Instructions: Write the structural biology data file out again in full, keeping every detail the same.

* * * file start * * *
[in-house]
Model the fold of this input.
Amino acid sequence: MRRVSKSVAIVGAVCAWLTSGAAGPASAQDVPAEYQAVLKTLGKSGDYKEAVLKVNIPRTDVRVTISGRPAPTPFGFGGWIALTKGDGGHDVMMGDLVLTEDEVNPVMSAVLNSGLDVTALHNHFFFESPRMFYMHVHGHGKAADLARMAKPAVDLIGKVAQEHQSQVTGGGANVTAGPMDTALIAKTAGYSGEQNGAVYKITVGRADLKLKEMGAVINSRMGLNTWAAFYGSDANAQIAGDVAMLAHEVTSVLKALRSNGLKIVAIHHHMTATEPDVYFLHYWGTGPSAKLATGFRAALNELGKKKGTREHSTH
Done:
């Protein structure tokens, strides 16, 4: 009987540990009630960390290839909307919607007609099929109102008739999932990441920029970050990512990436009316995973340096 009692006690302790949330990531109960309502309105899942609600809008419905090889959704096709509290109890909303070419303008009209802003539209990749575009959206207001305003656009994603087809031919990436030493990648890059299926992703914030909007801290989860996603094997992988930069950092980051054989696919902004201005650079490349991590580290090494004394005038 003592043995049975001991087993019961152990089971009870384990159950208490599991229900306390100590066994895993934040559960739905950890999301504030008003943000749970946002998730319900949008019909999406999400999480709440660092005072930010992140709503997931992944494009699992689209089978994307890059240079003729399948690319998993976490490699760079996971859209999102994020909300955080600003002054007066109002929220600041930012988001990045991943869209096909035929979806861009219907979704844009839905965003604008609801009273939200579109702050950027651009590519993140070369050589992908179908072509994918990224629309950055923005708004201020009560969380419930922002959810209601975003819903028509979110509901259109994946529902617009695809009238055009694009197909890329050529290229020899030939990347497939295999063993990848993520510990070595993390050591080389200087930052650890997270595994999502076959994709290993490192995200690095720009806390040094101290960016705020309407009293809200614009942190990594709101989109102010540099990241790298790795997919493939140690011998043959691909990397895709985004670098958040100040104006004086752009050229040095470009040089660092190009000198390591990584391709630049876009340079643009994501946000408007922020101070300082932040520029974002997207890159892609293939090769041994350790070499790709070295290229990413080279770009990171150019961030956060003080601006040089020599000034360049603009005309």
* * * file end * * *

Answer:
[in-house]
Model the fold of this input.
Amino acid sequence: MRRVSKSVAIVGAVCAWLTSGAAGPASAQDVPAEYQAVLKTLGKSGDYKEAVLKVNIPRTDVRVTISGRPAPTPFGFGGWIALTKGDGGHDVMMGDLVLTEDEVNPVMSAVLNSGLDVTALHNHFFFESPRMFYMHVHGHGKAADLARMAKPAVDLIGKVAQEHQSQVTGGGANVTAGPMDTALIAKTAGYSGEQNGAVYKITVGRADLKLKEMGAVINSRMGLNTWAAFYGSDANAQIAGDVAMLAHEVTSVLKALRSNGLKIVAIHHHMTATEPDVYFLHYWGTGPSAKLATGFRAALNELGKKKGTREHSTH
Done:
């Protein structure tokens, strides 16, 4: 009987540990009630960390290839909307919607007609099929109102008739999932990441920029970050990512990436009316995973340096 009692006690302790949330990531109960309502309105899942609600809008419905090889959704096709509290109890909303070419303008009209802003539209990749575009959206207001305003656009994603087809031919990436030493990648890059299926992703914030909007801290989860996603094997992988930069950092980051054989696919902004201005650079490349991590580290090494004394005038 003592043995049975001991087993019961152990089971009870384990159950208490599991229900306390100590066994895993934040559960739905950890999301504030008003943000749970946002998730319900949008019909999406999400999480709440660092005072930010992140709503997931992944494009699992689209089978994307890059240079003729399948690319998993976490490699760079996971859209999102994020909300955080600003002054007066109002929220600041930012988001990045991943869209096909035929979806861009219907979704844009839905965003604008609801009273939200579109702050950027651009590519993140070369050589992908179908072509994918990224629309950055923005708004201020009560969380419930922002959810209601975003819903028509979110509901259109994946529902617009695809009238055009694009197909890329050529290229020899030939990347497939295999063993990848993520510990070595993390050591080389200087930052650890997270595994999502076959994709290993490192995200690095720009806390040094101290960016705020309407009293809200614009942190990594709101989109102010540099990241790298790795997919493939140690011998043959691909990397895709985004670098958040100040104006004086752009050229040095470009040089660092190009000198390591990584391709630049876009340079643009994501946000408007922020101070300082932040520029974002997207890159892609293939090769041994350790070499790709070295290229990413080279770009990171150019961030956060003080601006040089020599000034360049603009005309």